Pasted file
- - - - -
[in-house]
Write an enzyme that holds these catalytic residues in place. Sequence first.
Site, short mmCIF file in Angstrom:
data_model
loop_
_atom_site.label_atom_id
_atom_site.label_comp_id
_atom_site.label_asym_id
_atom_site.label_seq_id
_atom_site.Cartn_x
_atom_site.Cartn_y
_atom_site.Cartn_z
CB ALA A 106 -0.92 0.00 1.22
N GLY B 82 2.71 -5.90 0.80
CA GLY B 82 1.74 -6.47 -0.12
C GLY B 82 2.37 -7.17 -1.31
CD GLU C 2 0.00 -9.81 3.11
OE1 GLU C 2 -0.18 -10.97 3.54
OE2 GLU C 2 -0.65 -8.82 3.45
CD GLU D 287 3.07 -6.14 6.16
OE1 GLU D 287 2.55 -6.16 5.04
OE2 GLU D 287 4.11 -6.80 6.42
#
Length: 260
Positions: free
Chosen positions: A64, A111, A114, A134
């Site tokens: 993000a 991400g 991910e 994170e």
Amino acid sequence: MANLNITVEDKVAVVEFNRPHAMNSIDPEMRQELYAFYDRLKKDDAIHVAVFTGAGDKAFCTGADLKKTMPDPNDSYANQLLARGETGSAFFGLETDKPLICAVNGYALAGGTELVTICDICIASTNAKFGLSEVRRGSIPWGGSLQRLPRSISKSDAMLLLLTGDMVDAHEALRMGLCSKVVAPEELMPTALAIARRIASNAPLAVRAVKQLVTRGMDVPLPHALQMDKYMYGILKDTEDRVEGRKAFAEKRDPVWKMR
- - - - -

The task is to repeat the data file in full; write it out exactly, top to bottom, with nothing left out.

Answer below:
[in-house]
Write an enzyme that holds these catalytic residues in place. Sequence first.
Site, short mmCIF file in Angstrom:
data_model
loop_
_atom_site.label_atom_id
_atom_site.label_comp_id
_atom_site.label_asym_id
_atom_site.label_seq_id
_atom_site.Cartn_x
_atom_site.Cartn_y
_atom_site.Cartn_z
CB ALA A 106 -0.92 0.00 1.22
N GLY B 82 2.71 -5.90 0.80
CA GLY B 82 1.74 -6.47 -0.12
C GLY B 82 2.37 -7.17 -1.31
CD GLU C 2 0.00 -9.81 3.11
OE1 GLU C 2 -0.18 -10.97 3.54
OE2 GLU C 2 -0.65 -8.82 3.45
CD GLU D 287 3.07 -6.14 6.16
OE1 GLU D 287 2.55 -6.16 5.04
OE2 GLU D 287 4.11 -6.80 6.42
#
Length: 260
Positions: free
Chosen positions: A64, A111, A114, A134
């Site tokens: 993000a 991400g 991910e 994170e």
Amino acid sequence: MANLNITVEDKVAVVEFNRPHAMNSIDPEMRQELYAFYDRLKKDDAIHVAVFTGAGDKAFCTGADLKKTMPDPNDSYANQLLARGETGSAFFGLETDKPLICAVNGYALAGGTELVTICDICIASTNAKFGLSEVRRGSIPWGGSLQRLPRSISKSDAMLLLLTGDMVDAHEALRMGLCSKVVAPEELMPTALAIARRIASNAPLAVRAVKQLVTRGMDVPLPHALQMDKYMYGILKDTEDRVEGRKAFAEKRDPVWKMR